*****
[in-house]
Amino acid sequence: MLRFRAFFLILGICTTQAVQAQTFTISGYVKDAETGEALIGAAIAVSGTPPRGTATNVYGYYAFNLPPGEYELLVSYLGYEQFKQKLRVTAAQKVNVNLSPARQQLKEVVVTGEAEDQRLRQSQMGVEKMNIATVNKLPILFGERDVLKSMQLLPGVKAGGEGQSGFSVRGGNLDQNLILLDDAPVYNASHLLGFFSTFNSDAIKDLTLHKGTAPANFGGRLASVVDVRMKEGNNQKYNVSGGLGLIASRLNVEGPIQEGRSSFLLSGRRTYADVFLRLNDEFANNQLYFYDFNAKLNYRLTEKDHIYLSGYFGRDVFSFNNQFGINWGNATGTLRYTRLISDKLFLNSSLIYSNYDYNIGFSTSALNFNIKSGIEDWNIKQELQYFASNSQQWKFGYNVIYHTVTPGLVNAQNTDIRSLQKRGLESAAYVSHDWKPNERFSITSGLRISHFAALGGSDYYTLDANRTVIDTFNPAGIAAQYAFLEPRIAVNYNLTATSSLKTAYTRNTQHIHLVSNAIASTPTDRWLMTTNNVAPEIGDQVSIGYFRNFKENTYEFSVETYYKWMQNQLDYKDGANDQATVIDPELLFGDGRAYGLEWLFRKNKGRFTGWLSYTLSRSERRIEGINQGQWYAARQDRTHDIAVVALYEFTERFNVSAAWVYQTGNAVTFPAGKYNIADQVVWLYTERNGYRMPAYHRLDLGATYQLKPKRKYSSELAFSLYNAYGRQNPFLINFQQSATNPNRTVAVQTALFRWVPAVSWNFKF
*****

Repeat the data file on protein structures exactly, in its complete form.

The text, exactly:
[in-house]
Amino acid sequence: MLRFRAFFLILGICTTQAVQAQTFTISGYVKDAETGEALIGAAIAVSGTPPRGTATNVYGYYAFNLPPGEYELLVSYLGYEQFKQKLRVTAAQKVNVNLSPARQQLKEVVVTGEAEDQRLRQSQMGVEKMNIATVNKLPILFGERDVLKSMQLLPGVKAGGEGQSGFSVRGGNLDQNLILLDDAPVYNASHLLGFFSTFNSDAIKDLTLHKGTAPANFGGRLASVVDVRMKEGNNQKYNVSGGLGLIASRLNVEGPIQEGRSSFLLSGRRTYADVFLRLNDEFANNQLYFYDFNAKLNYRLTEKDHIYLSGYFGRDVFSFNNQFGINWGNATGTLRYTRLISDKLFLNSSLIYSNYDYNIGFSTSALNFNIKSGIEDWNIKQELQYFASNSQQWKFGYNVIYHTVTPGLVNAQNTDIRSLQKRGLESAAYVSHDWKPNERFSITSGLRISHFAALGGSDYYTLDANRTVIDTFNPAGIAAQYAFLEPRIAVNYNLTATSSLKTAYTRNTQHIHLVSNAIASTPTDRWLMTTNNVAPEIGDQVSIGYFRNFKENTYEFSVETYYKWMQNQLDYKDGANDQATVIDPELLFGDGRAYGLEWLFRKNKGRFTGWLSYTLSRSERRIEGINQGQWYAARQDRTHDIAVVALYEFTERFNVSAAWVYQTGNAVTFPAGKYNIADQVVWLYTERNGYRMPAYHRLDLGATYQLKPKRKYSSELAFSLYNAYGRQNPFLINFQQSATNPNRTVAVQTALFRWVPAVSWNFKF